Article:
Seroquel, AstraZeneca’s top selling psychiatric drug, will cost the drug company $520 million to settle two federal inquiries as well as two whistle blower lawsuits. The settlement comes after the US Justice Department began investigating AstraZeneca for its marketing of the psychiatric drug to children and the elderly. In addition to the federal lawsuits, Seroquel’s maker is facing 14,444 civil suits on behalf of patients who developed diabetes and other health issues after taking the psychiatric drug.
Seroquel is the latest psychiatric drug to face stiff penalties for its marketing practices. Earlier this year, the maker of Zyprexa, Eli Lilly & Co. paid $1.4 billion.
The identities of the whistleblowers and other details surrounding the case against Seroquel remain sealed in federal court.
Stryker Biotech, a medical device company based in Hopkinton MA whose parent company is Stryker Corporation, has been indicted by a federal grand jury for marketing two medical devices which had not received FDA approval. The devices were designed for spinal and long bone surgeries. The indictment also accuses the company of trying to conceal their illegal marketing of the unapproved medical devices.
Prosecutors argue that company representatives aggressively marketed these products to doctors which resulted in several medical complications. According to the Boston Globe, “Former company president Mark Philip, who lives in Massachusetts, is also facing charges of wire fraud, conspiracy, and making false statements to the FDA. Three current sales managers were also charged in the case. Four other Stryker employees have already pleaded guilty to charges related to the case, according to the US Department of Justice.”
A spokesperson for the parent company, Stryker Corp. expressed disappointment in the indictment. Stryker Corp. is facing civil lawsuits from faulty artificial hips known as Trident PSL and Trident Hemispherical Acetabular Cups.
Antipsychotic drugs such as Zyprexa, Abilify, Seroquel, and Risperdal have been shown to cause dramatic weight gain in children and adolescents. The new study to be published in the October 28 edition of the Journal of the American Medical Association is the largest study of the relationship between childhood weight gain and the antipsychotic drugs known as atypical antipsychotics.
While the study focuses on adolescents and children, concern with these types of drugs used to treat schizophrenia, bipolar disorder, and autism has been associated with weight gain in adults for quite some time. In 2003, the FDA ordered manufacturers of these drugs to add a warning label concerning their association with hyperglycemia and diabetes. These adverse side effects now appear to be prevalent in adolescents who take the atypical antipsychotic drugs as well.
The Atlanta Journal Constitution notes that “After nearly 11 weeks, the treated kids gained an average of 18.7 pounds on Zyprexa, 13.4 pounds on Seroquel, 11.7 pounds on Risperdal and 9.7 pounds on Abilify, while the control group gained less than half a pound. Between 10 percent and 36 percent became overweight or obese during the treatment period, according to the study.”
Stryker Corporation continues to work to address issues raised in four recent FDA warning letters as the company faces more lawsuits concerning its Stryker Trident artifical hip medical device. The Stryker hip was the subject of a recall in January 2008 after the FDA found quality control issues at its manufacturing plants in Ireland and New Jersey. The recalled hip received numerous complaints from patients who continued to experience pain and discomfort from the implanted artificial hip. Other patients reported squeaking from improper wear of the Stryker devices. Both issues concerning the Stryker hip have resulted in lawsuits against the medical device company.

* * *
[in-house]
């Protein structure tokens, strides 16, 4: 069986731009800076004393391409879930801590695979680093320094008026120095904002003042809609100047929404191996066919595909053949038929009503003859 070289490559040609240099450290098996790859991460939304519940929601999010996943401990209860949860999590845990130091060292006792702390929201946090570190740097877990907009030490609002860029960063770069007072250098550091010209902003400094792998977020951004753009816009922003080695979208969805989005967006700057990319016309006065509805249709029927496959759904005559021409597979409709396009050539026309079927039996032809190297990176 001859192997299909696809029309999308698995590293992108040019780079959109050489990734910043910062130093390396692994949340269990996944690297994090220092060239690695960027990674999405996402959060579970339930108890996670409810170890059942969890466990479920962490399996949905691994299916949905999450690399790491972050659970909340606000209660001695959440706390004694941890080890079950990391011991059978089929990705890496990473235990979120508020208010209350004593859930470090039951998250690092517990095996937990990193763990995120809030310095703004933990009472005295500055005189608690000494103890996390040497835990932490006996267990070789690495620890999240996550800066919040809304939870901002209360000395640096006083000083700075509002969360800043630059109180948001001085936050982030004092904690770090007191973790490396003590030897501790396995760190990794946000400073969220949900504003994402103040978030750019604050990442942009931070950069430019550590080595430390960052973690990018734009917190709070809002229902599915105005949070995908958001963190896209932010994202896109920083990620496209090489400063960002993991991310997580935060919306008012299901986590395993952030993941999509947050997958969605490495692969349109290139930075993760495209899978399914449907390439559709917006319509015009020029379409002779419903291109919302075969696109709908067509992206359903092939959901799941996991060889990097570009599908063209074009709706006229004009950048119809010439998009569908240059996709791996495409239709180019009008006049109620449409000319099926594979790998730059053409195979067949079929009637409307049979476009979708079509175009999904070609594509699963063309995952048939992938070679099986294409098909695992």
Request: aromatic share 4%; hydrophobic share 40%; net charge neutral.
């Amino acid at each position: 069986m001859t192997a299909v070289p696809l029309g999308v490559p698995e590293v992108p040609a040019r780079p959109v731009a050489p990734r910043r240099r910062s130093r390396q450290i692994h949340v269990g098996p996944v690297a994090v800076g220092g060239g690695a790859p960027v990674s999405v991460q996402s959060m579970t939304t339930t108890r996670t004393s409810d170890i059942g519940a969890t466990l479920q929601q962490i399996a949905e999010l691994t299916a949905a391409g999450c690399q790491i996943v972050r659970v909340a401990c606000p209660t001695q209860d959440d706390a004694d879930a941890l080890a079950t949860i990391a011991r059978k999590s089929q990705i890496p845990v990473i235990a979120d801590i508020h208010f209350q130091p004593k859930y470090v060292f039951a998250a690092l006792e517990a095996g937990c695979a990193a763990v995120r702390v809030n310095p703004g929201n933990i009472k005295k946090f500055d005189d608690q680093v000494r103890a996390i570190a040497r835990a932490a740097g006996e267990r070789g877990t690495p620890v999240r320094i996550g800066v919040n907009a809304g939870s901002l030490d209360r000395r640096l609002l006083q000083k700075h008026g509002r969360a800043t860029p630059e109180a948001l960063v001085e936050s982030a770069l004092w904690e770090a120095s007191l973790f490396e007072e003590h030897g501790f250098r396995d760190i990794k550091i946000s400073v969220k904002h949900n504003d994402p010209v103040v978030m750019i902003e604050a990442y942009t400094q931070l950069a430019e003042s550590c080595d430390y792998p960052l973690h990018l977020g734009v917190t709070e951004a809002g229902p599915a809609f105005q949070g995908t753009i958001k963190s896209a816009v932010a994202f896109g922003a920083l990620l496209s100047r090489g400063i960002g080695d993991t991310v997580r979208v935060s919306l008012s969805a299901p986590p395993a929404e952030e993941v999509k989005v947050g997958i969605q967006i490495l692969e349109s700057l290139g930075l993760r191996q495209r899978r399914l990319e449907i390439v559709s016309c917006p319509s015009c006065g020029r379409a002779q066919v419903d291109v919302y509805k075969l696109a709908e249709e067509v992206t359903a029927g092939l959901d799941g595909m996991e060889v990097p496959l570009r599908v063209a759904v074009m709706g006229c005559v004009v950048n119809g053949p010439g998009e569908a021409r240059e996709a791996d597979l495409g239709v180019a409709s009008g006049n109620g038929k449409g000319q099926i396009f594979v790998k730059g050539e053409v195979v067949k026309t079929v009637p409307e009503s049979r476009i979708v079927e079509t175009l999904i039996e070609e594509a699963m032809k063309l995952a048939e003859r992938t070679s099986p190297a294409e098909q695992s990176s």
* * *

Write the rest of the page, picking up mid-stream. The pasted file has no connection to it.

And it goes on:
Stryker Trident hips are not the only company device that’s been the subject of a recall. In December 2008, Stryker issued a recall of its cranial implant kits citing a risk for infection due to a lack of proper sterilization.
Stryker has pledged to spend $150 million over the next few years to address quality control problems as well as a monitoring system that will better track adverse event reports so that device defects can be spotted earlier.
Many Stryker hip patients have had to undergo one or more revision surgeries to correct the defective hip originally implanted.
A 43 year-old priest from the Diocese of Scranton has been arrested and charged with 16 counts, Sexual Abuse of Children (F2); 1 count, Sexual Abuse of Children (F3); 1 count, Criminal Use of Communication Facility (F3); and 1 count, Tampering with/or Fabricating Physical Evidence. The priest probe began in September 2008 when law enforcement officials received a letter from the Diocese of Scranton concerning an anonymous letter they had received. The letter contained information concerning an email address that contained explicit photographs of young boys.
The police traced the email address back to Rev. Robert Timchak, an active priest serving in the Diocese of Scranton Pennsylvania. The arrest of Timchak comes approximately one month after a Canadian bishop was arrested and charged with similar offenses. Bishop Raymond Lahey, formerly of the Nova Scotian Diocese of Antigonish, resigned his position as bishop immediately before turning himself in to Canadian law enforcement authorities.
Tysabri, a highly touted multiple sclerosis drug marketed by Biogen Idec Inc. and Elan Plc, is drawing renewed scrutiny from European drug regulators who’ve witnessed an increase in cases where Tysabri users are contracting a rare but serious brain infection known as progressive multifocal leukoencephalopathy, or PML. The regulators are concerned about potential higher instances of brain infection corresponding to longer use of Tysabri in multiple sclerosis patients.